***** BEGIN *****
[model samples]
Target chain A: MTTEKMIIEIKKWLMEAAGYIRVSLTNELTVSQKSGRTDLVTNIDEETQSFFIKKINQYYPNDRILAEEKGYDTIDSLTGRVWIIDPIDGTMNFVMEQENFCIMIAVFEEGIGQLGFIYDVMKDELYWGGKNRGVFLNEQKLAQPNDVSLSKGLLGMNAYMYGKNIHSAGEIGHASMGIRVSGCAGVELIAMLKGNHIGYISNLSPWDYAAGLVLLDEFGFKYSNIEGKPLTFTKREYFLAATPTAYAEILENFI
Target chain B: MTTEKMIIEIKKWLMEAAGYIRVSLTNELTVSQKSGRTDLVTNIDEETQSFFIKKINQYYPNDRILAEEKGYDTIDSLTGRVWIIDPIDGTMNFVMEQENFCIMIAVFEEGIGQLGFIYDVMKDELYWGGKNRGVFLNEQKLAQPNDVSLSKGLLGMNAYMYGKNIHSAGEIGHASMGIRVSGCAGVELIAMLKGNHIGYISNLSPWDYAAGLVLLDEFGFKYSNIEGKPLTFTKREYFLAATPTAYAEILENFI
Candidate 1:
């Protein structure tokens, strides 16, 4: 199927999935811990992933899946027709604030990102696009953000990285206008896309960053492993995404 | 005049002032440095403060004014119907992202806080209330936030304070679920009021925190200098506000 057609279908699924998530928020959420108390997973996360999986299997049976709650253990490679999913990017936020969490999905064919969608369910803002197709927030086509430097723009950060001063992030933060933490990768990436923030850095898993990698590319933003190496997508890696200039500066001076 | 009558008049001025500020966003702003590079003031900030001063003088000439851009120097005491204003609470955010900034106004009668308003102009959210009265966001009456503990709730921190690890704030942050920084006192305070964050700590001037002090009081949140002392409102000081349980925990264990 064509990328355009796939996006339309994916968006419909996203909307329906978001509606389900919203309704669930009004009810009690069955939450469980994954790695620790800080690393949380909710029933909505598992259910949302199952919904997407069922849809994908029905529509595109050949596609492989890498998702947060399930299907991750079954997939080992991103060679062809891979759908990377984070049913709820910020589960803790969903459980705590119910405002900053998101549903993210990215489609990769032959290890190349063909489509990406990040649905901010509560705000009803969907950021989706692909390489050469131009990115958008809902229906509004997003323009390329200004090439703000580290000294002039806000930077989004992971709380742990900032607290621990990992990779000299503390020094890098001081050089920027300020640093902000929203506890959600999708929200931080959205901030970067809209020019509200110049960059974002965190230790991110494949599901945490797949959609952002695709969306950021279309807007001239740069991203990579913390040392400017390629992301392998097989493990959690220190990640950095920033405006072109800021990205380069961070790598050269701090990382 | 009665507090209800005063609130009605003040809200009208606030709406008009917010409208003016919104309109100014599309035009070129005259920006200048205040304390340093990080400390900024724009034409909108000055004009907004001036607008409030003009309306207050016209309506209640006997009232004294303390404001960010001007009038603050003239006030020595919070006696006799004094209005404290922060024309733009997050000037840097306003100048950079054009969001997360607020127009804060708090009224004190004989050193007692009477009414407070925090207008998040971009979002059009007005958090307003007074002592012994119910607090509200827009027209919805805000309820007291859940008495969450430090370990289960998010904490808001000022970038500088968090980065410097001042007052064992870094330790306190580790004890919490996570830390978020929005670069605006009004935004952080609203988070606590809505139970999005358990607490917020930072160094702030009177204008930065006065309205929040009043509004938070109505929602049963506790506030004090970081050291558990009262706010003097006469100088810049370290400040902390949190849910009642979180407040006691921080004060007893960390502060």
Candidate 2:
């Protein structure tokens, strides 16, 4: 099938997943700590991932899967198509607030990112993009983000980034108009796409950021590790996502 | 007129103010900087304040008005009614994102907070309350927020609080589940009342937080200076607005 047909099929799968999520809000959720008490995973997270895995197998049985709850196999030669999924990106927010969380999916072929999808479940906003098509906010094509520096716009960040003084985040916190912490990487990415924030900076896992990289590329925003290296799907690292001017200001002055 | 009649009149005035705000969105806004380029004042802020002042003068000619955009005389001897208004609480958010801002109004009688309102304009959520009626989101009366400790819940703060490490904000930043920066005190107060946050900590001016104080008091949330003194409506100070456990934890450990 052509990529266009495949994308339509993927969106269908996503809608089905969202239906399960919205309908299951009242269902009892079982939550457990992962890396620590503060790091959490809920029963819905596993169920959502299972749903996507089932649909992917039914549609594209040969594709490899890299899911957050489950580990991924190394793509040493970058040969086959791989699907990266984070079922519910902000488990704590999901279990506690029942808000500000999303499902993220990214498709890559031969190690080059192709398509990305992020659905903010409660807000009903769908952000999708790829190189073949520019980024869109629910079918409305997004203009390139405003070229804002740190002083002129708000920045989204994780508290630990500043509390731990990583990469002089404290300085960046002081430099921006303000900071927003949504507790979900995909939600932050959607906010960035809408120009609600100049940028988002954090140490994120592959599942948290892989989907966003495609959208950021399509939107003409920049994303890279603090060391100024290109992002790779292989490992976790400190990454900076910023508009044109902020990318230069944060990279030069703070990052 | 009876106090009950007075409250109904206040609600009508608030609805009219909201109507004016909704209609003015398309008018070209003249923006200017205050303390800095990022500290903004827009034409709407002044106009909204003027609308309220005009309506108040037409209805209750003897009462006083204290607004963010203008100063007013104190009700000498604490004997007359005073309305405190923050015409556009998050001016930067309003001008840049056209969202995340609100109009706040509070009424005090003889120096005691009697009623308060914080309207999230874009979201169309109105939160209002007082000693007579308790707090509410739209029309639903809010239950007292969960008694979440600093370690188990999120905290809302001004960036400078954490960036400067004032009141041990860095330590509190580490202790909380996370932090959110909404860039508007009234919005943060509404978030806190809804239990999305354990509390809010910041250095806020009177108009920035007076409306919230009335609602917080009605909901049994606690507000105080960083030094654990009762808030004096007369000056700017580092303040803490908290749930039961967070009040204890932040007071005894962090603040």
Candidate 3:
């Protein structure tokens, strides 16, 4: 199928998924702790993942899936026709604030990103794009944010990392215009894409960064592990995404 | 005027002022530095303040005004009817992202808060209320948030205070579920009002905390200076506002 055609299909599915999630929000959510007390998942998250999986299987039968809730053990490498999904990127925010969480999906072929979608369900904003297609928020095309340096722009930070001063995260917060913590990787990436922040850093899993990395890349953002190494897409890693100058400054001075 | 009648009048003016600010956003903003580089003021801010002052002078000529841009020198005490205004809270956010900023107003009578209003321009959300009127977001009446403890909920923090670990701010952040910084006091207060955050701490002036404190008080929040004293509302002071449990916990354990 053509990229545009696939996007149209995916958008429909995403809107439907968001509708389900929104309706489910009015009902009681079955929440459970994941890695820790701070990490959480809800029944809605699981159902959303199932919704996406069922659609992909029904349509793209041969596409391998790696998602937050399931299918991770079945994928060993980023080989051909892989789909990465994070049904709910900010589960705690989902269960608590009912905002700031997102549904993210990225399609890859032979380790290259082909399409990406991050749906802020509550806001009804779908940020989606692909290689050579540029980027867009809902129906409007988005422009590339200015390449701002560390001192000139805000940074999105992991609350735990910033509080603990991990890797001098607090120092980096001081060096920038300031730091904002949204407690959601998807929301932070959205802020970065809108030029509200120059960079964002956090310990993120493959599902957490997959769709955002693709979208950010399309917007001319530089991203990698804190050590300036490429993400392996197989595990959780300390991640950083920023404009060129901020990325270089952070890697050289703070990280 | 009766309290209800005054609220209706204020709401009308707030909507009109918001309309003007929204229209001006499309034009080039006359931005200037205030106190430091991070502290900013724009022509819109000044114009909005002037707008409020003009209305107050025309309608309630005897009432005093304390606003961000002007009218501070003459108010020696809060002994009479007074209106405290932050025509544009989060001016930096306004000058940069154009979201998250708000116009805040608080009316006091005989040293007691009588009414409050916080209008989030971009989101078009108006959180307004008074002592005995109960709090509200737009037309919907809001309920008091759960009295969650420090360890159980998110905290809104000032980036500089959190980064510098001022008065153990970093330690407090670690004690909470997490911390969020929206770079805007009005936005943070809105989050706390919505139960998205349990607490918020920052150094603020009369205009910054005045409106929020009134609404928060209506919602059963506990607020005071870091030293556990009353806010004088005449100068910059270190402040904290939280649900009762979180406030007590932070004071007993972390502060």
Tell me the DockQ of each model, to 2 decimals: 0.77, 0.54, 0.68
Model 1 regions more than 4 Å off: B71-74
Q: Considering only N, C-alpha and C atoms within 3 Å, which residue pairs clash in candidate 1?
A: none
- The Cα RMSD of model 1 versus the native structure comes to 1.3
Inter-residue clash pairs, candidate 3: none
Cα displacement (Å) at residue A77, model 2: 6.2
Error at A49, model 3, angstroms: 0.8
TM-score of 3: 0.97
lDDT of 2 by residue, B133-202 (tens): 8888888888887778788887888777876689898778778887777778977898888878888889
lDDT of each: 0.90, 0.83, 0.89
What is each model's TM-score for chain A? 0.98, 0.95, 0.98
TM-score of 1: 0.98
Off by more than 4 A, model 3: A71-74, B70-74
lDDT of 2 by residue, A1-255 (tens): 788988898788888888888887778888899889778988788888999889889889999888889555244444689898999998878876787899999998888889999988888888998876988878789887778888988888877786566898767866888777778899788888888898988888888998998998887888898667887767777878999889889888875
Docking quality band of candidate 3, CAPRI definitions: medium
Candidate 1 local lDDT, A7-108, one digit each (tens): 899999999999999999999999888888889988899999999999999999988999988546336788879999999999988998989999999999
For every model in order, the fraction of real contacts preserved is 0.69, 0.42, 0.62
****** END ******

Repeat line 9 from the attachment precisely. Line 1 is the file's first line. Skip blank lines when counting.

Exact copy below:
């Protein structure tokens, strides 16, 4: 199928998924702790993942899936026709604030990103794009944010990392215009894409960064592990995404 | 005027002022530095303040005004009817992202808060209320948030205070579920009002905390200076506002 055609299909599915999630929000959510007390998942998250999986299987039968809730053990490498999904990127925010969480999906072929979608369900904003297609928020095309340096722009930070001063995260917060913590990787990436922040850093899993990395890349953002190494897409890693100058400054001075 | 009648009048003016600010956003903003580089003021801010002052002078000529841009020198005490205004809270956010900023107003009578209003321009959300009127977001009446403890909920923090670990701010952040910084006091207060955050701490002036404190008080929040004293509302002071449990916990354990 053509990229545009696939996007149209995916958008429909995403809107439907968001509708389900929104309706489910009015009902009681079955929440459970994941890695820790701070990490959480809800029944809605699981159902959303199932919704996406069922659609992909029904349509793209041969596409391998790696998602937050399931299918991770079945994928060993980023080989051909892989789909990465994070049904709910900010589960705690989902269960608590009912905002700031997102549904993210990225399609890859032979380790290259082909399409990406991050749906802020509550806001009804779908940020989606692909290689050579540029980027867009809902129906409007988005422009590339200015390449701002560390001192000139805000940074999105992991609350735990910033509080603990991990890797001098607090120092980096001081060096920038300031730091904002949204407690959601998807929301932070959205802020970065809108030029509200120059960079964002956090310990993120493959599902957490997959769709955002693709979208950010399309917007001319530089991203990698804190050590300036490429993400392996197989595990959780300390991640950083920023404009060129901020990325270089952070890697050289703070990280 | 009766309290209800005054609220209706204020709401009308707030909507009109918001309309003007929204229209001006499309034009080039006359931005200037205030106190430091991070502290900013724009022509819109000044114009909005002037707008409020003009209305107050025309309608309630005897009432005093304390606003961000002007009218501070003459108010020696809060002994009479007074209106405290932050025509544009989060001016930096306004000058940069154009979201998250708000116009805040608080009316006091005989040293007691009588009414409050916080209008989030971009989101078009108006959180307004008074002592005995109960709090509200737009037309919907809001309920008091759960009295969650420090360890159980998110905290809104000032980036500089959190980064510098001022008065153990970093330690407090670690004690909470997490911390969020929206770079805007009005936005943070809105989050706390919505139960998205349990607490918020920052150094603020009369205009910054005045409106929020009134609404928060209506919602059963506990607020005071870091030293556990009353806010004088005449100068910059270190402040904290939280649900009762979180406030007590932070004071007993972390502060």